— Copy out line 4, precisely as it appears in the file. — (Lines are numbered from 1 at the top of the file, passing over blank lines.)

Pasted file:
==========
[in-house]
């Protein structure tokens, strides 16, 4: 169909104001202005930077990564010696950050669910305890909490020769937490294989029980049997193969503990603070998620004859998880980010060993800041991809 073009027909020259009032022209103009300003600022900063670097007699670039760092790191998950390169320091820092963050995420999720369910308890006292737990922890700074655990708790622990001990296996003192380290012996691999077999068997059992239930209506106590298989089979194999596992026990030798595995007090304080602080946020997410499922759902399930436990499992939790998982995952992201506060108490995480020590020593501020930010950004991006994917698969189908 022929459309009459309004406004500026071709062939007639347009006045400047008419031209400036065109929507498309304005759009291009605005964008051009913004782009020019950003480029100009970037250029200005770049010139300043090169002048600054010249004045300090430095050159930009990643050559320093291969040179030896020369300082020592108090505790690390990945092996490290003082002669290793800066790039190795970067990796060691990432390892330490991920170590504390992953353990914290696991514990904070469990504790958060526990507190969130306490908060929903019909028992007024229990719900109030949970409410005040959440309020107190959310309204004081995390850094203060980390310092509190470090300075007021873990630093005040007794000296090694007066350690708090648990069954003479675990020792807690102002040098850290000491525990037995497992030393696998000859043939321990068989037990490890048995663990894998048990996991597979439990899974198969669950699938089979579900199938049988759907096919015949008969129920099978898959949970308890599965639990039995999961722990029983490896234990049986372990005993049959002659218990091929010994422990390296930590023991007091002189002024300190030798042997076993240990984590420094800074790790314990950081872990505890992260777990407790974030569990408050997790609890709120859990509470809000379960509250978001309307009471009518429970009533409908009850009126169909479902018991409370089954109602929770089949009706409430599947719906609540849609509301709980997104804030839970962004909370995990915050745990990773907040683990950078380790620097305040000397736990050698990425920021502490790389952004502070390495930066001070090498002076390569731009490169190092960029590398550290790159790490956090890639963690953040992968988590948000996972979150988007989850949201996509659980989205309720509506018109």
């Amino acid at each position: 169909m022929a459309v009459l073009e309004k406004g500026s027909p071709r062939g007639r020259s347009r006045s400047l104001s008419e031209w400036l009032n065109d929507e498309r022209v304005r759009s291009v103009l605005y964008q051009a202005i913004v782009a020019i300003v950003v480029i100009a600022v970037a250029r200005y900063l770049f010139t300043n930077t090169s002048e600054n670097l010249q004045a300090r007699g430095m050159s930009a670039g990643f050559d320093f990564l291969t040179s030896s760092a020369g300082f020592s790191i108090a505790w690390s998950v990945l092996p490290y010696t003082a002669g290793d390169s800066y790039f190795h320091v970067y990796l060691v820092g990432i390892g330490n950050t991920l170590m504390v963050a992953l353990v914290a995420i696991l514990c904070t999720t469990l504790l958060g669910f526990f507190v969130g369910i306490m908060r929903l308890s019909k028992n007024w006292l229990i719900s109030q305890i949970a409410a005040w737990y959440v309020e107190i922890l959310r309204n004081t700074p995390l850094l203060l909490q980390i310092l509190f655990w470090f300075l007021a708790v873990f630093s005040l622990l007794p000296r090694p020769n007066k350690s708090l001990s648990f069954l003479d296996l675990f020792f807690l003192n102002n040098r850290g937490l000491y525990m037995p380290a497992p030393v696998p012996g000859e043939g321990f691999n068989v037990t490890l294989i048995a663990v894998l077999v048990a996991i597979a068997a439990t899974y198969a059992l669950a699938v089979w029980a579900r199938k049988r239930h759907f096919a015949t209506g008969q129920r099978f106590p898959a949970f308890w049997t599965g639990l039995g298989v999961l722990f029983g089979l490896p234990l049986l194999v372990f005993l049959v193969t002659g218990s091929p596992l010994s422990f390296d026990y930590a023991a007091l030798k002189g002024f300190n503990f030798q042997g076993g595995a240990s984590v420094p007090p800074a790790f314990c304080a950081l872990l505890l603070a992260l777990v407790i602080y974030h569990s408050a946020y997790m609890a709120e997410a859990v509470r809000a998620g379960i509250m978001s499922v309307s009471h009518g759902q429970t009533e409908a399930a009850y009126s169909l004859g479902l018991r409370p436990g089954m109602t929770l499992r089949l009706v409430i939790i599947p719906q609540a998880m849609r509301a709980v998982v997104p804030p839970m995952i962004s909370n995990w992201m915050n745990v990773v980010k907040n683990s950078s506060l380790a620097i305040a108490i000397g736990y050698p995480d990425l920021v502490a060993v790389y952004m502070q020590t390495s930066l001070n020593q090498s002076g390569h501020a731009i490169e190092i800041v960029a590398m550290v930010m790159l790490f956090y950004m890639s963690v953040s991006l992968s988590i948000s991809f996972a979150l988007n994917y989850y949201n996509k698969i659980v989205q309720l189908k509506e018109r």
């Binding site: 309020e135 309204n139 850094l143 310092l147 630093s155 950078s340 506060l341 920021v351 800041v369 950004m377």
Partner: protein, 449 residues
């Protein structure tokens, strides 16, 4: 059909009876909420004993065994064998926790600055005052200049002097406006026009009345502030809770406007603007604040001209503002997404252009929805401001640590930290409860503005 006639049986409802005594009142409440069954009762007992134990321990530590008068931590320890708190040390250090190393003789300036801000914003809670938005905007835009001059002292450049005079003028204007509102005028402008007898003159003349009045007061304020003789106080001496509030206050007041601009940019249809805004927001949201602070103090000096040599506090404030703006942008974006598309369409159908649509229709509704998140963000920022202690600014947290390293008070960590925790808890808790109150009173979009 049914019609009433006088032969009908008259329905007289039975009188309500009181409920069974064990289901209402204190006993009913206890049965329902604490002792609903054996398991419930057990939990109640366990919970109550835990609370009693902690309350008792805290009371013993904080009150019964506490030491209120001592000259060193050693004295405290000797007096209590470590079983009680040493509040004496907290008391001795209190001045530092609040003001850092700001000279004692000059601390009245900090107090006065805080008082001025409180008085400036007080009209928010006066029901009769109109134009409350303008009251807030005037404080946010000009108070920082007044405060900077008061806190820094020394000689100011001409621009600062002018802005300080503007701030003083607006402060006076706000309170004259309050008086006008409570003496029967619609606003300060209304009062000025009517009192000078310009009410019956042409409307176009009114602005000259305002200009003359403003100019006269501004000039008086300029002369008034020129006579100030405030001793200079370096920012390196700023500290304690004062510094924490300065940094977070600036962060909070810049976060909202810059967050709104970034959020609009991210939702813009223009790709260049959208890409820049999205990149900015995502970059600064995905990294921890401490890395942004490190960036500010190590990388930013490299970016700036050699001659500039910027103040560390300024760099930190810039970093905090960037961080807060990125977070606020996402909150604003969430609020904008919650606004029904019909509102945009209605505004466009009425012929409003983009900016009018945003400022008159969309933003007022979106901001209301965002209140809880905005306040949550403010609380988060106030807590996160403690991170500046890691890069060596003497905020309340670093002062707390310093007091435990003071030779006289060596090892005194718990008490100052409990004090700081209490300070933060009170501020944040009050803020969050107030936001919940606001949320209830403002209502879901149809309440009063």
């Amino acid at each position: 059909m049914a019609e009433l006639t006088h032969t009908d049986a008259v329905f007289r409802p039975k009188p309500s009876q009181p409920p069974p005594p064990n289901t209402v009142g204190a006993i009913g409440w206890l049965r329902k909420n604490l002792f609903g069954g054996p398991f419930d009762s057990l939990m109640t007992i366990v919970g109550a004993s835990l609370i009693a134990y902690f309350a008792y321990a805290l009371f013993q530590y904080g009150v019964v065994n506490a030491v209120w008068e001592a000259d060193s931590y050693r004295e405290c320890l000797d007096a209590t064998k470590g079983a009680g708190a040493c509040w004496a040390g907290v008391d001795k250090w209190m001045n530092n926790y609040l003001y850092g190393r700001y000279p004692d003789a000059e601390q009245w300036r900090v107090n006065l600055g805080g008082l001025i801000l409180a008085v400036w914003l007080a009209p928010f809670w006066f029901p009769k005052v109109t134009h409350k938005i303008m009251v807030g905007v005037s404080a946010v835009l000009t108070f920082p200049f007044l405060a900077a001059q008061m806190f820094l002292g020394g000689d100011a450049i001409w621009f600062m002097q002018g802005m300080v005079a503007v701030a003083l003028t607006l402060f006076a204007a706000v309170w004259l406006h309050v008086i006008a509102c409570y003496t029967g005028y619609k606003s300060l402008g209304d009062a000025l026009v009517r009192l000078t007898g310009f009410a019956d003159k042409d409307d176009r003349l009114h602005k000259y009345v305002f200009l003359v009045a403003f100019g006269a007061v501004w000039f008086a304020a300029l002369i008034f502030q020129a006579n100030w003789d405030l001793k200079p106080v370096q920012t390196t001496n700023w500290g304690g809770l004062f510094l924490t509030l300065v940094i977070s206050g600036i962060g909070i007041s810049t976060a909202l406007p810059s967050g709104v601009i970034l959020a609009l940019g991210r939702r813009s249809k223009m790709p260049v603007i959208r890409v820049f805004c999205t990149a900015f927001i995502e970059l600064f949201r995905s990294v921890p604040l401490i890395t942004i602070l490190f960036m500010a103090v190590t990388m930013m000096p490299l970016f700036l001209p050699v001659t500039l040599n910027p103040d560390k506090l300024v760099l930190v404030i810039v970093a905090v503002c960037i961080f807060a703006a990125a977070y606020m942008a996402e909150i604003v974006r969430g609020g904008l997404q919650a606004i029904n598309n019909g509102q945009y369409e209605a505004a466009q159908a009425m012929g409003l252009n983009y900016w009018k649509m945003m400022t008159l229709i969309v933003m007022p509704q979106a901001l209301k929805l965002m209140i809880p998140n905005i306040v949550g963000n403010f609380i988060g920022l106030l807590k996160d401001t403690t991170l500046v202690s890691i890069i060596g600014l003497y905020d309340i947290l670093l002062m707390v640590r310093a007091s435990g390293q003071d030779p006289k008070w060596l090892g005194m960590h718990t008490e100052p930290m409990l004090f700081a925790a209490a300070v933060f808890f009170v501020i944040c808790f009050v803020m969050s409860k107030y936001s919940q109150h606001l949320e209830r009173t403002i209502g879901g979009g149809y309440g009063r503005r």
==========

């Binding site: 309020e135 309204n139 850094l143 310092l147 630093s155 950078s340 506060l341 920021v351 800041v369 950004m377």